Common menu bar links

Gros Morne National park

Green Point

Green Point Landscape
A short pathway leads to the shoreline for close up views of the rocks or follow the cliff top pathway to a spectacular view over the point. Explore Green Point’s seaside cliffs, a beautiful and intriguing sequence of layered rocks. Almost 500 million years ago, these rocks formed on the bottom of an ancient ocean. Here geologists discovered fossils that define the boundary between the Cambrian and Ordovician periods and makes Green Point a world geological benchmark.
Located off route 430, 500 m north of the Green Point campground. Best visited at low tide. For your safety, watch for falling rocks and stay back from the cliff edge.

How do you want to experience Green Point?

Green Point Naturalist on Site Green Point Naturalist on Site
© Parks Canada
Green Point: Naturalist on Site - Guide on Site (2h) Green Point Geological Site Monday, Wednesday and Friday 10:30 – 12:30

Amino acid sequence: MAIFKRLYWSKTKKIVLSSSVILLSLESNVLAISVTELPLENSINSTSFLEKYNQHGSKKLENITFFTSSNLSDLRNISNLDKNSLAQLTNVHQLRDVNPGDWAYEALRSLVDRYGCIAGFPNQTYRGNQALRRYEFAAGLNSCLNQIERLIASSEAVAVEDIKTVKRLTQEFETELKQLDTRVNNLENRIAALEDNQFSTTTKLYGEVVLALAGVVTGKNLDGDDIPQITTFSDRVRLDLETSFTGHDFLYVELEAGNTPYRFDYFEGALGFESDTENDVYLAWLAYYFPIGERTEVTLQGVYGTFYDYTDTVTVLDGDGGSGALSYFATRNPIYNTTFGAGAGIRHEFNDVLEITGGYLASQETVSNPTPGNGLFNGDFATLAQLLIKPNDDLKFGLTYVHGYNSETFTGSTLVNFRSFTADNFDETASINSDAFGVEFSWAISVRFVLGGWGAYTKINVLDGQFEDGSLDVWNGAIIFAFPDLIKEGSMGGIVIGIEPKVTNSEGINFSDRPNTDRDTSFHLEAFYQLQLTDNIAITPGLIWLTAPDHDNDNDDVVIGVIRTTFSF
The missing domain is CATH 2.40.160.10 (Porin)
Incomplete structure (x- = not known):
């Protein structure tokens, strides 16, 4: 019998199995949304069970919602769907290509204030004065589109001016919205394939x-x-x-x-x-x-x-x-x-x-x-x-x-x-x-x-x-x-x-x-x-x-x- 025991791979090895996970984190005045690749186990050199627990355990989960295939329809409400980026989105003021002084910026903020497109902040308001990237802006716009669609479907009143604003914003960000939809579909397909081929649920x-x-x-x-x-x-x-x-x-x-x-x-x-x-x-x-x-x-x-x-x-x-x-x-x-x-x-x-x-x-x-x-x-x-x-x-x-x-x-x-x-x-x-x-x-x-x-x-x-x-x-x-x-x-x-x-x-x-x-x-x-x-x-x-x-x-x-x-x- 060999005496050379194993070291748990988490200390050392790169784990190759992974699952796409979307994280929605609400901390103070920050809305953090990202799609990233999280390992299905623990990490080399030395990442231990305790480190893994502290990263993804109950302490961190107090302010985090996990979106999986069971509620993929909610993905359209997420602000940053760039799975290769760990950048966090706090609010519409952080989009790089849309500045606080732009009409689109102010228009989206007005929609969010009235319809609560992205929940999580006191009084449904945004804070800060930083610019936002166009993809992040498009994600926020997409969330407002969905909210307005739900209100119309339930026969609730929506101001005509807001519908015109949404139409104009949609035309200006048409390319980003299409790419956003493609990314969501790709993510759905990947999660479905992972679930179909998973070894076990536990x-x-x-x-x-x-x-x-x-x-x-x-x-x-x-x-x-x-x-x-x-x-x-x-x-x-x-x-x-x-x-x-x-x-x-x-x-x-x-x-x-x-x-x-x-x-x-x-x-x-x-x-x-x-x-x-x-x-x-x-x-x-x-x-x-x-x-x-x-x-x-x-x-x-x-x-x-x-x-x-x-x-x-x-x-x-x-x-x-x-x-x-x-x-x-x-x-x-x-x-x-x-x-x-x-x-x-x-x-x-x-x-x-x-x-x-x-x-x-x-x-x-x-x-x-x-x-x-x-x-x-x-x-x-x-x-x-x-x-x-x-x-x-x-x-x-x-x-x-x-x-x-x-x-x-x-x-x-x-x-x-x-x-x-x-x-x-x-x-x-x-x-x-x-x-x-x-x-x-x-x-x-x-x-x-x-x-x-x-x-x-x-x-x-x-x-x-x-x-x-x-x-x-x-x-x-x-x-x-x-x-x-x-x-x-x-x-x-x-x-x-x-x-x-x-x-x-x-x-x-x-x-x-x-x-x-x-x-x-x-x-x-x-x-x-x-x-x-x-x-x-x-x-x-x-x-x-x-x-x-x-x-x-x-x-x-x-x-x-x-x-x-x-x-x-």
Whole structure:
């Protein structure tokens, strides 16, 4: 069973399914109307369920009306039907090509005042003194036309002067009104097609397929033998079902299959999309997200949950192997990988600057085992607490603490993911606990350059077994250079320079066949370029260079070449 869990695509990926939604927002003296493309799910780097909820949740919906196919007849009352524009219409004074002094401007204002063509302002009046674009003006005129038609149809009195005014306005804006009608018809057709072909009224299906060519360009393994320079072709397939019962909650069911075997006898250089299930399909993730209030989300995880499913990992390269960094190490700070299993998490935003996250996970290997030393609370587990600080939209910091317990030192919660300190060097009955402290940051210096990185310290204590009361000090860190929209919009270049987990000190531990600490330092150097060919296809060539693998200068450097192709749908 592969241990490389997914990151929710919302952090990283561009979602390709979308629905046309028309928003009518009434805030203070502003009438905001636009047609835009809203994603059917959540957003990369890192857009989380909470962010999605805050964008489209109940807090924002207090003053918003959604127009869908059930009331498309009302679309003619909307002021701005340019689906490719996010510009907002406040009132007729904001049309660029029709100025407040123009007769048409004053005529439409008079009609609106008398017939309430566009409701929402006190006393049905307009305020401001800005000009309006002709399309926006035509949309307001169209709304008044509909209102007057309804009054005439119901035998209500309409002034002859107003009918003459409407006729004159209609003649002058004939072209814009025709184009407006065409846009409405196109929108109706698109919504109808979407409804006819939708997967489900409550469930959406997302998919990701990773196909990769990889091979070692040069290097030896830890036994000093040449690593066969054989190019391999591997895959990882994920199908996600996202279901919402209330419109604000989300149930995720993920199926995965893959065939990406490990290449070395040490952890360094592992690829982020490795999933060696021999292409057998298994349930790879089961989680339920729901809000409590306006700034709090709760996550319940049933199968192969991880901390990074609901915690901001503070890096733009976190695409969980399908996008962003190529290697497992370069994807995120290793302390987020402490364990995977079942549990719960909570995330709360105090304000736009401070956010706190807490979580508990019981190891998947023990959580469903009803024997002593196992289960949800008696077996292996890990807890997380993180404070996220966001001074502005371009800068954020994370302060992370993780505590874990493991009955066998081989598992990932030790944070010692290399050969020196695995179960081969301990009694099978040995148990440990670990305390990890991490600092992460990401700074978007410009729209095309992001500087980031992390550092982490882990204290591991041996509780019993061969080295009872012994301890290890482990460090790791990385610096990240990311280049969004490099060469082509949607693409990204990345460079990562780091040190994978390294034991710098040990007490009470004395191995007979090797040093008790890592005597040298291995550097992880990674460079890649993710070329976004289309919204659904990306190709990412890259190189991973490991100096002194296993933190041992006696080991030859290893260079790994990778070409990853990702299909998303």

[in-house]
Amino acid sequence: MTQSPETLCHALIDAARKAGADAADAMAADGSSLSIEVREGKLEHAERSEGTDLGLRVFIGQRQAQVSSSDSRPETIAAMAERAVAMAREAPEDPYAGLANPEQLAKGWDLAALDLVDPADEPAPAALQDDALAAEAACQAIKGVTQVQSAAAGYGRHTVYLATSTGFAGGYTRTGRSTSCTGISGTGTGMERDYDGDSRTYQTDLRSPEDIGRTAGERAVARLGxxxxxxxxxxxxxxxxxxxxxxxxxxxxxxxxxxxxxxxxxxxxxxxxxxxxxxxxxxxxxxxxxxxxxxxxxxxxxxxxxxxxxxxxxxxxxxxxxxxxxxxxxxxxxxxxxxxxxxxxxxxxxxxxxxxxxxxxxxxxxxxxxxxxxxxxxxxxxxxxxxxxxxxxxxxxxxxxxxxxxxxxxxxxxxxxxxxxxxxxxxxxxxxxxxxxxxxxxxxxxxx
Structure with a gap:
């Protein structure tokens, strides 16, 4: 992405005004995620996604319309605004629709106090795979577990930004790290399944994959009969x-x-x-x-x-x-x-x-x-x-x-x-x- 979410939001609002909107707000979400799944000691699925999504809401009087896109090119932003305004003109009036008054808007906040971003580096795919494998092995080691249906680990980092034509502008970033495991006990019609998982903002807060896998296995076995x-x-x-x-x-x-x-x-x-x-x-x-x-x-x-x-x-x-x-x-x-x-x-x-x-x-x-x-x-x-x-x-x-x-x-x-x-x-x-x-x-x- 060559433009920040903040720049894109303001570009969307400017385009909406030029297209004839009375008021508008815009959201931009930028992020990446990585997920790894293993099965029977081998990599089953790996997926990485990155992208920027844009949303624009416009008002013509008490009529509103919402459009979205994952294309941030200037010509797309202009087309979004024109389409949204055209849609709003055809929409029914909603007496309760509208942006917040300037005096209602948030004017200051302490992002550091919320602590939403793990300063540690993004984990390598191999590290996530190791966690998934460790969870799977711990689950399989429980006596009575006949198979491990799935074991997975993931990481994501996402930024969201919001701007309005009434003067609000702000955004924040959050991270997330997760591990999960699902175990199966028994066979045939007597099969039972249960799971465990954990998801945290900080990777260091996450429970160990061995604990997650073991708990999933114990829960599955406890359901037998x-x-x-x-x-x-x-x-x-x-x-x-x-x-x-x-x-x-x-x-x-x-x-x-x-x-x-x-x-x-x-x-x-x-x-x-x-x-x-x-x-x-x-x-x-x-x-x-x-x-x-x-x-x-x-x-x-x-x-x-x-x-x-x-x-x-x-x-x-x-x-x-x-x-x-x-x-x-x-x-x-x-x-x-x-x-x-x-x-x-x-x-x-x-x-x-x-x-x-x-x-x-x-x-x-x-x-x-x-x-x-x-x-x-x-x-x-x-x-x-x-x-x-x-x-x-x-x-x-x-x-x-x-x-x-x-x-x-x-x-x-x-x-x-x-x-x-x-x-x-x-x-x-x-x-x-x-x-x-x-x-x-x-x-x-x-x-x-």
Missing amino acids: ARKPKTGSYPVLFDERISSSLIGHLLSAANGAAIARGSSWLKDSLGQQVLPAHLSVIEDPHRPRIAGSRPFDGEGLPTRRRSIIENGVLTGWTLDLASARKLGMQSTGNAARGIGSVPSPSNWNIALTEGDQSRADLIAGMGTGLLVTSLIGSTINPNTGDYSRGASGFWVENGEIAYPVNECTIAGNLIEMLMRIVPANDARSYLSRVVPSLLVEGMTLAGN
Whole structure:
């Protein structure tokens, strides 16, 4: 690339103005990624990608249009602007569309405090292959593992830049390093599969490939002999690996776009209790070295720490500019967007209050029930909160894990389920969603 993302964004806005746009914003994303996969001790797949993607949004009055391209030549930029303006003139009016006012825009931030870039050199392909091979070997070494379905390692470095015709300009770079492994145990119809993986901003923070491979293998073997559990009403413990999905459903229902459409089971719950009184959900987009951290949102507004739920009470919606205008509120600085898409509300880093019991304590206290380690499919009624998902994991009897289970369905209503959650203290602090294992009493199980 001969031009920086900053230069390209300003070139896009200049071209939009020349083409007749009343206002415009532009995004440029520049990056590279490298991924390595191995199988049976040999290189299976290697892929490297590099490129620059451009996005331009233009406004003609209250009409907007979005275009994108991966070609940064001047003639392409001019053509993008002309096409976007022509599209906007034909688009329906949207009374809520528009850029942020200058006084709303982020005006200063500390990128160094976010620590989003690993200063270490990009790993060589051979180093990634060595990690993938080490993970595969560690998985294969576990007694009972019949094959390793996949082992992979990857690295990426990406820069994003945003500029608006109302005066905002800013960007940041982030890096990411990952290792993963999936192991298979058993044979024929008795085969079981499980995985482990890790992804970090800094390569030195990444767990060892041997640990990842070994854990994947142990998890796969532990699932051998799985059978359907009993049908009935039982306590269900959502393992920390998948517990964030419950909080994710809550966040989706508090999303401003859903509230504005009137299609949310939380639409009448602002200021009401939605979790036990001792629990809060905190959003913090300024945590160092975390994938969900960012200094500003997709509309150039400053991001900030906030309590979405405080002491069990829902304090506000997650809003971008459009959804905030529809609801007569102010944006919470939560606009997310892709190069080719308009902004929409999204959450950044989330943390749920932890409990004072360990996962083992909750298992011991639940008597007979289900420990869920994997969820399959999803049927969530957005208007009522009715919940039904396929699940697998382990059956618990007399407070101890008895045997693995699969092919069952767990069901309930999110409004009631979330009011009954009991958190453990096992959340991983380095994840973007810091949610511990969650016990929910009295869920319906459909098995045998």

Drop in, stroll through millions of years of Earth’s history and explore a cool sequence of layered rocks…all complete with hidden fossils! On your path to discovering this interesting site, you’ll meet a Parks Canada guide who will help you explore Green Point.


The Story in Stone
The rocks of Gros Morne National Park and adjacent parts of western Newfoundland are world-renowned for the light they shed on the geological evolution of ancient mountain belts. The geology of the park illustrates the concept of plate tectonics, one of the most important ideas in modern science.
This is one of the main reasons why Gros Morne National Park has been designated a World Heritage Site by UNESCO (the United Nations Education, Scientific and Cultural Organization).


Discovery Centre Art Gallery
This year, the Discovery Centre Art Gallery is hosting the exhibit Boundary|Time|Surface by former Artist in Residence, Sydney Lancaster. Inspired by the Green Point geological site, the artist working with geologist John Waldron has created a body of work “which explores human efforts to understand and divide up geologic time. This exhibition conveys an appreciation of the scale of human experience in relation to the vast extent of time and space represented in Gros Morne National Park.”